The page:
Carsie Blanton’s show at The Hamilton Live on was 18 months in the making. On Friday evening, she finally made it to the venue, and had a whole new album of songs, Love & Rage, to share with the audience. The title of the album, she told the audience, is a statement of purpose, a summation of the two themes that run through her work.
Before she took the stage, Philadelphia folk-Americana artist Chris Jasper delivered a terrific opening set. I wasn’t familiar with Chris before the show, but I really enjoy his music, which has a haunting, spectral folk-Americana vibe. In addition to a number of his original songs, he covered Bruce Springsteen’s “State Trooper,” really doubling down on the song’s menace.
Blanton is the latest link of a chain of folk-influenced singer-songwriters who combine personal exploration with political activism — hence the two themes intertwined in her work. Her musical style isn’t just limited to folk: There are elements of classic jazz and pop, especially Nina Simone, in her work. This side of her wheelhouse was on display in her cover of the classic standard, “As Time Goes By.”
Love & Rage was written during the pandemic, and the songs reflect that. “Down in the Streets” shows us the protests in Philadelphia. A certain resignation can be felt in “Party at the End of the World,” about which Carsie commented, “We had a good run, so let’s just party.” “That Ain’t the Way We Do It,” on which she invited the audience to sing the chorus, is directed at fascists.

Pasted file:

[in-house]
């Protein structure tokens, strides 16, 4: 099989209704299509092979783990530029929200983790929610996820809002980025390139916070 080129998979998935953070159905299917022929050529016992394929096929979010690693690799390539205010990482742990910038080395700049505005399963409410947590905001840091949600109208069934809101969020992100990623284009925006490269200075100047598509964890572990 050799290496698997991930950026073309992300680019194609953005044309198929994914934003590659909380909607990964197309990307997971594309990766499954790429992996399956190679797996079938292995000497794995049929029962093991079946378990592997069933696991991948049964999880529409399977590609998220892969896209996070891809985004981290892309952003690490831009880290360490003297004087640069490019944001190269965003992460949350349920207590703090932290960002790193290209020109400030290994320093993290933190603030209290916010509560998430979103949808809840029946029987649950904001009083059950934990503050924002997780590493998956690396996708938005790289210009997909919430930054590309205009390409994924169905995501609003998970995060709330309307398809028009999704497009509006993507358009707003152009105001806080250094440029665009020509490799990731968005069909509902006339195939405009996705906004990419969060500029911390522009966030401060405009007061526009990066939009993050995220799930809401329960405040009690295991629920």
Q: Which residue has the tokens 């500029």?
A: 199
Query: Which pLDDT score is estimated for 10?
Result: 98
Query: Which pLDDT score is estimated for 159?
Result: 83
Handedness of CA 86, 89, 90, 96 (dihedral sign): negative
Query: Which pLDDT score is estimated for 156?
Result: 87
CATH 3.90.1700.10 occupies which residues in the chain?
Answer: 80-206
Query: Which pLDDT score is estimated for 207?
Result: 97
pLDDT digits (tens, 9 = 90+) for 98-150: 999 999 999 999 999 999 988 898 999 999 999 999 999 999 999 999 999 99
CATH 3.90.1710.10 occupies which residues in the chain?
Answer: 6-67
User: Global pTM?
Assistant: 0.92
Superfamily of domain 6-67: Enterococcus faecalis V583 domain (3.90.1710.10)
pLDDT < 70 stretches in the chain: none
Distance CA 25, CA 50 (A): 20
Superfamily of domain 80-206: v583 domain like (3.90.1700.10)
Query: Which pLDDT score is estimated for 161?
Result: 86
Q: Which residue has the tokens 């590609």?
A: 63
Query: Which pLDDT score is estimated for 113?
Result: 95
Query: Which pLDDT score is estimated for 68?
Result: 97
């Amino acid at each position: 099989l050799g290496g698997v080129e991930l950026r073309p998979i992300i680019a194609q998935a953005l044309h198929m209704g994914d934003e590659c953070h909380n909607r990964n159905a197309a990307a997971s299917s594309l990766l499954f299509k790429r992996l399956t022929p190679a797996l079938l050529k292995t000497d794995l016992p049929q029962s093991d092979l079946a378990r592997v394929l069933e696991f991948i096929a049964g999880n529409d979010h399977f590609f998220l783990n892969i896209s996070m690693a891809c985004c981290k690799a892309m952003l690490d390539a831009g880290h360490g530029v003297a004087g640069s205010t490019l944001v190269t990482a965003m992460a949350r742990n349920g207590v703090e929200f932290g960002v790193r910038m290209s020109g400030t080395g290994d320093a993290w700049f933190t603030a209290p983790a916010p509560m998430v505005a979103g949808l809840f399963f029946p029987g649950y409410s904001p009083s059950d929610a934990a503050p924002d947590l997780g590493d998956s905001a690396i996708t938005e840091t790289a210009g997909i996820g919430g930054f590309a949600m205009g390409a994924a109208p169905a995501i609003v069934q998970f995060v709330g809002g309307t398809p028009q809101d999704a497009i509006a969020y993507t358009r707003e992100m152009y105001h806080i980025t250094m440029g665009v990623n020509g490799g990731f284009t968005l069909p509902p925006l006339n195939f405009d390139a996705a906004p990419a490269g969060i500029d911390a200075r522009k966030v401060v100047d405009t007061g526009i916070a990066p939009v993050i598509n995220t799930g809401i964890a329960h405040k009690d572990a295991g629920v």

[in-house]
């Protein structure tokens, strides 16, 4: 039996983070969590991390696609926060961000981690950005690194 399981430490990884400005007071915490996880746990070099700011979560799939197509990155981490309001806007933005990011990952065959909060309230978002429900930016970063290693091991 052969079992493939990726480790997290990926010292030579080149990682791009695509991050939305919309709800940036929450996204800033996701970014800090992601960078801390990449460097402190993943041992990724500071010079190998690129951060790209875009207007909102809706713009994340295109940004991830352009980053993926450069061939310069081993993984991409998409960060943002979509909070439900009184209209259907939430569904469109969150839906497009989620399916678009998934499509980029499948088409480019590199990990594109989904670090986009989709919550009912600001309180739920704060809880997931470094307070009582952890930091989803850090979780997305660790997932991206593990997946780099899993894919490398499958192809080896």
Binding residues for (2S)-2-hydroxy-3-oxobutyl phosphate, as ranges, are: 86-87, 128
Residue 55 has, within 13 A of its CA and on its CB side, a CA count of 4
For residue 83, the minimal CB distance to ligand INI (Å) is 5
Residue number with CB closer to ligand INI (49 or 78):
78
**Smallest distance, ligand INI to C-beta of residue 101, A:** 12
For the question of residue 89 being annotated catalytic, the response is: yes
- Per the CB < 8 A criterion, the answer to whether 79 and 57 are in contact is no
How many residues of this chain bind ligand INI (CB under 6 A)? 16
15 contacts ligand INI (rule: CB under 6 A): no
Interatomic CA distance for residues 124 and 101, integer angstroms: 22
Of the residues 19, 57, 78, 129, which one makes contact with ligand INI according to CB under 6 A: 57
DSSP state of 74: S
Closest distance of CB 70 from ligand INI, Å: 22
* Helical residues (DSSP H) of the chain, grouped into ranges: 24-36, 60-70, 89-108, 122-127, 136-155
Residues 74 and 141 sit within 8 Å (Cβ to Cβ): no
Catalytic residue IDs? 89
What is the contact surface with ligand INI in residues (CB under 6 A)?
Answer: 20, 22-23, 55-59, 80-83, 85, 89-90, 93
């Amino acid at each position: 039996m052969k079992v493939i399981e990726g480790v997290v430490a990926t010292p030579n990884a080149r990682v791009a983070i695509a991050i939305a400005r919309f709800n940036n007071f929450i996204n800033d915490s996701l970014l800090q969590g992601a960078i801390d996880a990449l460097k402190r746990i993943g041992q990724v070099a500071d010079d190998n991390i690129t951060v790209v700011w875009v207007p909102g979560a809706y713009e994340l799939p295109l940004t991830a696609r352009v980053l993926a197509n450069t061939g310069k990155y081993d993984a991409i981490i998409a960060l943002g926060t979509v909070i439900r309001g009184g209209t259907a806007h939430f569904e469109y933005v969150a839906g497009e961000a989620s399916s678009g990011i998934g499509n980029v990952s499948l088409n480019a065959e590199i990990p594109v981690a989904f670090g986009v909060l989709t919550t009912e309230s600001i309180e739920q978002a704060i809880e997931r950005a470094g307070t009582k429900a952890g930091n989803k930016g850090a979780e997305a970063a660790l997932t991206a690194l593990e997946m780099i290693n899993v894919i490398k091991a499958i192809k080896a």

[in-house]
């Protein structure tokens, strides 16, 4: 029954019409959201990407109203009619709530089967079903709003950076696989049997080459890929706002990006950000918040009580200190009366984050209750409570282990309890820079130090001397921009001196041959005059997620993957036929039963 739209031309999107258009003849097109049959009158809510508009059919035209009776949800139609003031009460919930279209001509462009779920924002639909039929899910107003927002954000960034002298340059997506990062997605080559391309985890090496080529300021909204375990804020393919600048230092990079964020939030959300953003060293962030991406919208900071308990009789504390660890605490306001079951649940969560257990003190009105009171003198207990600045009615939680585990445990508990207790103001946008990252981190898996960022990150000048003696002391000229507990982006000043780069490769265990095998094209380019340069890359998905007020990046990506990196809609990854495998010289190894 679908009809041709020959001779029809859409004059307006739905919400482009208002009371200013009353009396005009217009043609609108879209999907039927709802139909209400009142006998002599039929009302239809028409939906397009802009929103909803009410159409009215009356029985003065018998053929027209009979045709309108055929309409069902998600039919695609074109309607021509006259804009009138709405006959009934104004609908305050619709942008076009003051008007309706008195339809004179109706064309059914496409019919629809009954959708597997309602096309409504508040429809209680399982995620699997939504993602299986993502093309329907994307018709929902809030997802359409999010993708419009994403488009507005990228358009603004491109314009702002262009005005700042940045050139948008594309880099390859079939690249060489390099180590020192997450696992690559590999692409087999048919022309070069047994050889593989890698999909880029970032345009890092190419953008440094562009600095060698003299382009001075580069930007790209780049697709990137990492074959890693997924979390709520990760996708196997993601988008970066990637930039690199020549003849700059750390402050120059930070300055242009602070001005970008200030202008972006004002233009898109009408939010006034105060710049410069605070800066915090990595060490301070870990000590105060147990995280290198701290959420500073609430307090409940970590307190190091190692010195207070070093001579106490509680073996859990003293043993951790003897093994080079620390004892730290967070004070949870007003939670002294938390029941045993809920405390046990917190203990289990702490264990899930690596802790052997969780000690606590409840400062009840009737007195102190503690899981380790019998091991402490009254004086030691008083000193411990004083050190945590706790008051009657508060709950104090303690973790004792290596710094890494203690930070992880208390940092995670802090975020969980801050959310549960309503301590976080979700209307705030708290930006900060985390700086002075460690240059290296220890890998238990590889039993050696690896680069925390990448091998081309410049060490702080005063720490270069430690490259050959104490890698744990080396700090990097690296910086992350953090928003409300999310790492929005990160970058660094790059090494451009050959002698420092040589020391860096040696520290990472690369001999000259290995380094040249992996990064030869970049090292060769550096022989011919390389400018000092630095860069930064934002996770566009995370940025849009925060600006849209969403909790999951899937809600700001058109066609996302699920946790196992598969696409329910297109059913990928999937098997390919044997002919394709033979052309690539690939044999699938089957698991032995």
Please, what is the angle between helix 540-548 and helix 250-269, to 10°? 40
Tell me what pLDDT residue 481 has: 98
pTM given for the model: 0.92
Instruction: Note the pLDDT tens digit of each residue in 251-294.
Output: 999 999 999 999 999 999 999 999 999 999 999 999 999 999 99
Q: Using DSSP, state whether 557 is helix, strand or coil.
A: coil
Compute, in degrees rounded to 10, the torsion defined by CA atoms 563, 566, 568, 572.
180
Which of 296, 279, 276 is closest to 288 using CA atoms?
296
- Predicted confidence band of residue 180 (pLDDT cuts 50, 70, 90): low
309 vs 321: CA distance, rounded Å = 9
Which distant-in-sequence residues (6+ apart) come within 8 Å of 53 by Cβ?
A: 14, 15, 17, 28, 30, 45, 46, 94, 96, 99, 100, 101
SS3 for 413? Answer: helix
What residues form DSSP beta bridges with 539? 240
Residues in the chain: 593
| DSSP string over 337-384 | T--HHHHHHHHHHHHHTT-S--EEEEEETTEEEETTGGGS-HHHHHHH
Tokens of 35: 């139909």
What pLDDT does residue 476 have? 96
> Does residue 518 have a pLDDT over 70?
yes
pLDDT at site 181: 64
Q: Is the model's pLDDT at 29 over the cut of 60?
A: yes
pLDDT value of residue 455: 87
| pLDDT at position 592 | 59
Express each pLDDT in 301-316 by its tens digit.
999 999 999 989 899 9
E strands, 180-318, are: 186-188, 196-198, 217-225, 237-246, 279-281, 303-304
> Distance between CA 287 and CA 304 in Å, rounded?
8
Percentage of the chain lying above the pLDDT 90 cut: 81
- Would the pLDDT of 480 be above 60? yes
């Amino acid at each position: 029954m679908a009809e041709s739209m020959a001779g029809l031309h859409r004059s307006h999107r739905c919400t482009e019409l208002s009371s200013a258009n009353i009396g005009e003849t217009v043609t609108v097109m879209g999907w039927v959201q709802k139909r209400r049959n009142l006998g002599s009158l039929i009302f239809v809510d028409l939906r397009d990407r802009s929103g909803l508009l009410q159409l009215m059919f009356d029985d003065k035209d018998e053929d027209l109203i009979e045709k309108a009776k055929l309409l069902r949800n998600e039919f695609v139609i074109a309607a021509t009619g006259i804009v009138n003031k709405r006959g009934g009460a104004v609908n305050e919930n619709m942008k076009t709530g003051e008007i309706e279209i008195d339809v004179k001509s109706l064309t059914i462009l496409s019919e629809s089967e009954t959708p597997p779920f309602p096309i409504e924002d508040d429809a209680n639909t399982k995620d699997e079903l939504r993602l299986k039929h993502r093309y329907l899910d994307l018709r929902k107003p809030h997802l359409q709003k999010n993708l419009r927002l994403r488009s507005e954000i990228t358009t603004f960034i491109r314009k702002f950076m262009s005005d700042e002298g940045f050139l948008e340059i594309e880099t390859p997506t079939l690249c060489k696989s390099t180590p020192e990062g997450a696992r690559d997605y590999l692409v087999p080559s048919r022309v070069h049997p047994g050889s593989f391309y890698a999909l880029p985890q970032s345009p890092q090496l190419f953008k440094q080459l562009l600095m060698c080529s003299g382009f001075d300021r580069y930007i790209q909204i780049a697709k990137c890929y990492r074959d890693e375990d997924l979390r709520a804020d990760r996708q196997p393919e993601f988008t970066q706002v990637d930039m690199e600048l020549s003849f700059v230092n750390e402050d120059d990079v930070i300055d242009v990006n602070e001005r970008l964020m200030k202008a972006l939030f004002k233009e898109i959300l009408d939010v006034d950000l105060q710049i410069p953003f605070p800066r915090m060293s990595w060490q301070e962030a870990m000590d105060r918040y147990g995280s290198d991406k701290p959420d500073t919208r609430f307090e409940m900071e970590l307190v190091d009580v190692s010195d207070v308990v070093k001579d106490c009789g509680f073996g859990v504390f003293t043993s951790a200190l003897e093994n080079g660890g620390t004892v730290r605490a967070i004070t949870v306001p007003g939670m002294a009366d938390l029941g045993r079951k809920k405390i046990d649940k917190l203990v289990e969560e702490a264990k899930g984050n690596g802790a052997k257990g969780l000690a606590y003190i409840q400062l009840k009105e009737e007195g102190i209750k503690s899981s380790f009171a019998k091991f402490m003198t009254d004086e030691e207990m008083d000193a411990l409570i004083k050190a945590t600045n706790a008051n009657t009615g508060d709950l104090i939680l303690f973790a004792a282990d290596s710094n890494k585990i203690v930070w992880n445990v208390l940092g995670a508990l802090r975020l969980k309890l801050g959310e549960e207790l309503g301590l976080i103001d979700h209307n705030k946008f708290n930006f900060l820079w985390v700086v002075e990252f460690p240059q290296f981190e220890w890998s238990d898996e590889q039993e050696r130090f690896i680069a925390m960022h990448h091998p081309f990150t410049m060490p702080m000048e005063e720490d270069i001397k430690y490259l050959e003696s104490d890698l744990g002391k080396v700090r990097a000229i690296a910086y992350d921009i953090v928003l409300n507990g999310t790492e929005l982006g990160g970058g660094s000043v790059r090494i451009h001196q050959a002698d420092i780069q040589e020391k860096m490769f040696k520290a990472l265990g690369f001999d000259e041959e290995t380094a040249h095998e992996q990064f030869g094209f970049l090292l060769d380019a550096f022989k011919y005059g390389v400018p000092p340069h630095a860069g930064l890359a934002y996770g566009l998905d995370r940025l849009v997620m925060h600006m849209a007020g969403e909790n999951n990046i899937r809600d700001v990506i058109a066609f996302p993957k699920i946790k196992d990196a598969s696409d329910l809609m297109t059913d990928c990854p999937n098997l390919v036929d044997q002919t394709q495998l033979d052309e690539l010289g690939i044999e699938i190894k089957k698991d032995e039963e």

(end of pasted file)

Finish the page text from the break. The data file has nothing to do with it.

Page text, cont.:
Stream Love & Rage by Carsie Blanton on Spotify:
During the pandemic, Blanton relocated from New Orleans, where she’d lived for eight years, to the northeast, to be closer to her band. She grew up in the Shenandoah Valley, where she even had a pony named Sparky, which she writes about in “American Kid.” Her feelings for her longtime home influenced many of the songs in her set, including “Goodbye New Orleans” and “Ain’t No Sin,” which she wrote an old church.
A bluntly honest approach to relationships and sexuality is present in many of her songs. “Jacket” is an honest take on masturbation. “Harbor” captured “the ambivalence you haven when you first fall in love,” while “Vim and Vigor” and “Hot Night” took the set in a steamy direction. Introducing “Gonna Die One Day,” she told the audience it was about a terrible pickup line a guy had tried on her: “You’re gonna die one day, you might as well enjoy yourself while you’re here.” “Dealing with the Devil” married the personal and the political in one song. Blanton wrote it “about a scoundrel in my life, but he was only worth one verse, so I wrote it about Mitch McConnell instead.”
Like many public personalities — and this is especially true for women — Carsie has faced her share of criticism on the internet. “Fat & Happy” is a response song, a kiss-off to am eminently unreasonable opinion.
Two of the later songs in the set dealt with losses we’ve suffered this past year and a half: a song dedicated to the late John Prine, who is one of her major influences (as he is for so many contemporary songwriters), and “When Somebody’s Gone.”
The set wrapped up on a note of encouragement and inspiration, closing with “Buck Up” and “Be Good to the People.” For her encore, Blanton wished the audience “All My Love.” As she was wrapping up her set, she explained that she sold merchandise on “What You Can Pay” basis, which aims to make it affordable to a wide range of fans.
Carsie really connected with fans, shouting to a number of folks in the audience with dedications. She had terrific energy, and spiced up the songs with just the right amount of stage patter to keep it interesting. After 18 months of being shelved, this show proved to be worth the wait.